This is the fifth (and last) of my guides to Cambodia
Well, this post has been a long time coming… don’t take that as any reflection of quality, mind you. And again, this post is focused on Battambang, as it’s where I’ve spent the vast majority of my time when in Cambodia.
The Smoking Pot Cooking Class
As mentioned in my previous post, Smoking Pot has cooking classes – quite possibly the first of its kind in Cambodia. Usually operating in the morning, they provide a great introduction to a Khmer cooking. Make sure you book a day or two ahead!
Vannak (who runs Smoking Pot) will take you down to the market and purchase all the ingredients for the meals you’ll be preparing – and the market is an experience in itself. He’ll then lead you through making three meals – which you then will eat, so don’t have much in the way of breakfast beforehand! Vannak’s very good with the classes, and quite happy to chat about Cambodia in general.
The Bamboo Train
Cambodia has a very basic and unreliable train system – in most places, there’s no longer proper trains running. However, in and around Battambang there is the Bamboo Train – platforms of bamboo wood, metal wheels on axels, and a motor to power the whole thing along – which can be hired to get from one village to another.
For the most part, these are used by locals to ferry goods around, but can also be taken by tourists. It’s not the most comfortable ride in the world, but you get along at a decent clip, and you get glimpses of the Cambodian countryside.
Also: as you can see in the photo above, it’s a single track – so if there’s another bamboo platform coming in the other direction, whoever has the lightest load has to take their platform off the tracks.
Perhaps it’s the adrenalin rush from such an unsafe adventure – seats, let alone seatbelts, don’t exist – but this is easily one of my favourite things to do in Battambang.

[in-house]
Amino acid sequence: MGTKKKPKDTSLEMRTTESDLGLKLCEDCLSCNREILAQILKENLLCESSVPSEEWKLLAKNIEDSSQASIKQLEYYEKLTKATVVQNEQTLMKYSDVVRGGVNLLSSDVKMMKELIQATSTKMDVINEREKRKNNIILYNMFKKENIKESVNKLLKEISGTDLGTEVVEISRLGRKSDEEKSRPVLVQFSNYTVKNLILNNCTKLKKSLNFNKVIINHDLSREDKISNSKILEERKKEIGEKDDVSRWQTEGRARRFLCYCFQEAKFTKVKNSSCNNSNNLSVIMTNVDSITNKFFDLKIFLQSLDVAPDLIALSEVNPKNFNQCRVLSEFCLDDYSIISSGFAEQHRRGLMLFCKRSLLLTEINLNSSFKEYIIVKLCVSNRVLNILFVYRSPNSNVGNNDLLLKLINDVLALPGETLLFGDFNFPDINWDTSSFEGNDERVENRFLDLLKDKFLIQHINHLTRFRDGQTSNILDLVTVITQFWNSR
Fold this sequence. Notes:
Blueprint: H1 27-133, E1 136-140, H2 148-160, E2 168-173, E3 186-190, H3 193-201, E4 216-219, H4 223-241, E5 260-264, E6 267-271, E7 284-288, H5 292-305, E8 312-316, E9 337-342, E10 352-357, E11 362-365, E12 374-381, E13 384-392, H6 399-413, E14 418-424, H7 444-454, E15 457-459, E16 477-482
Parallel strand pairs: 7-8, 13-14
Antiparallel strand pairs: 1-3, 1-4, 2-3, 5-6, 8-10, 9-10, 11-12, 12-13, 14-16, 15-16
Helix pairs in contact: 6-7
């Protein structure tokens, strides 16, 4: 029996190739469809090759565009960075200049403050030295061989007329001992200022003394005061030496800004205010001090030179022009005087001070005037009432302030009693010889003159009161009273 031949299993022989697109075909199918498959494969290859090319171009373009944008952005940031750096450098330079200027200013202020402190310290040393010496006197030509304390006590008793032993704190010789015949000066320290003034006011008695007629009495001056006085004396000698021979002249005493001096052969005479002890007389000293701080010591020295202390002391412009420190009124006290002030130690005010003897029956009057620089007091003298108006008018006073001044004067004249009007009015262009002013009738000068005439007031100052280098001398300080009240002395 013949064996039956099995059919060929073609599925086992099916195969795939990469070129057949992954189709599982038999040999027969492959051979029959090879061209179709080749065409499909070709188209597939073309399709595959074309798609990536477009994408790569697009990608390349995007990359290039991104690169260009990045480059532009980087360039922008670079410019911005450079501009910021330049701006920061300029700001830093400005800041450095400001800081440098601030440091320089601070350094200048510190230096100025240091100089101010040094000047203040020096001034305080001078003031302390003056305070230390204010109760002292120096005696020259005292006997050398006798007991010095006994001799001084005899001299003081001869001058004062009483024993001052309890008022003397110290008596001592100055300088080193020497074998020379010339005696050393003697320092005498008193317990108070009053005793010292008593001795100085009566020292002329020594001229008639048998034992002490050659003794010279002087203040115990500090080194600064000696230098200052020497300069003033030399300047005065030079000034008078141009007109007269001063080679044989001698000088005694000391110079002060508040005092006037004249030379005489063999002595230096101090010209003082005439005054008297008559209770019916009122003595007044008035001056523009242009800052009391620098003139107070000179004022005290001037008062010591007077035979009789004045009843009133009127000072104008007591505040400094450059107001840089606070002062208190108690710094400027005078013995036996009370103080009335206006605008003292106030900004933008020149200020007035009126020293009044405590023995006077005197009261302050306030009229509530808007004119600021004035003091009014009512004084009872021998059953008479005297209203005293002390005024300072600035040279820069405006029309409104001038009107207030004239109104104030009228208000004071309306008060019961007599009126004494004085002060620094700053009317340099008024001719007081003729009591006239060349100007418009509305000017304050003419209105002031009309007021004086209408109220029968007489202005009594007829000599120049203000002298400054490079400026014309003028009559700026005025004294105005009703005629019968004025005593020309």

At some point, the train line is probably going to be torn up to make way for a shiny modern system (as part of China’s cross-Asia train line) – so if you’re in town, make this a priority, as you may not get another chance!
Phare Ponleu Selpak Circus
Another highlight of Battambang is the Circus at Phare Ponleu Selpak. These kids are extremely talented – I wouldn’t be surprised if plenty of them find themselves in Cirque du Soleil shows.
The performances they put together are a lot of fun – even though it’s all in Khmer, you’ll easily pick up on what’s happening. There’s performances at least once a week – make sure you get along.
One of the hills close to Battambang is Phnom Sampeau. If you take the stairs up, you’ll find several temples, as well as the Killing Caves. These caves were where many Khmer were killed or maimed and then left to die. It’s not a happy place, but it does help with understanding what the people of Cambodia have been through – and are still recovering from.
On a lighter note, you get some great views from up on the top of the hill. Also, if you stick around until late afternoon, you’ll get to see millions of small bats streaming out from the many caves to find food for the night. I’ve only managed to see this once, but it’s really quite something to watch.
Phnom Sampeau is probably too far for a tuk-tuk journey – the roads aren’t sealed for most of the way, so taking a moto is a far better option. If you speak to your hotel, or ask at restaurants, you should be able to find tour guides and moto drivers without too much hassle.
One fantastic way of getting around Battambang and the surrounding areas is by bike – and there’s now bike tours, run by an organisation known as Soksabike.
This has only started up recently – a good friend of mine has helped get it going – but from what I’ve heard the guides are getting better and better, and it’s a great experience riding out through Battambang to the nearby villages.
Battambang – much like most of Cambodia – is extremely flat, so it’s really easy to get around by bike. Don’t feel you have to be super fit to give this a shot.
More Temples and Touring
There’s several other temples nearby – Wat Banan is perhaps the best known. Quite old, it’s like a small version of some of the temples you can find in the Angkor complex. The one catch is it’s on top of a hill, and the stairs are a killer.
You can also check out some of the local industries – rice paper, fish paste, rice wine and more – as part of your tours, whether that be by moto, tuk-tuk, or with Soksabike.
Well, these Cambodia posts have taken me a long time to write. Hopefully they’re useful for others in providing some perspective on Cambodia, Khmer people and Battambang. I’d love to hear from anyone who has made it to this corner of the world and what you thought of the experience.
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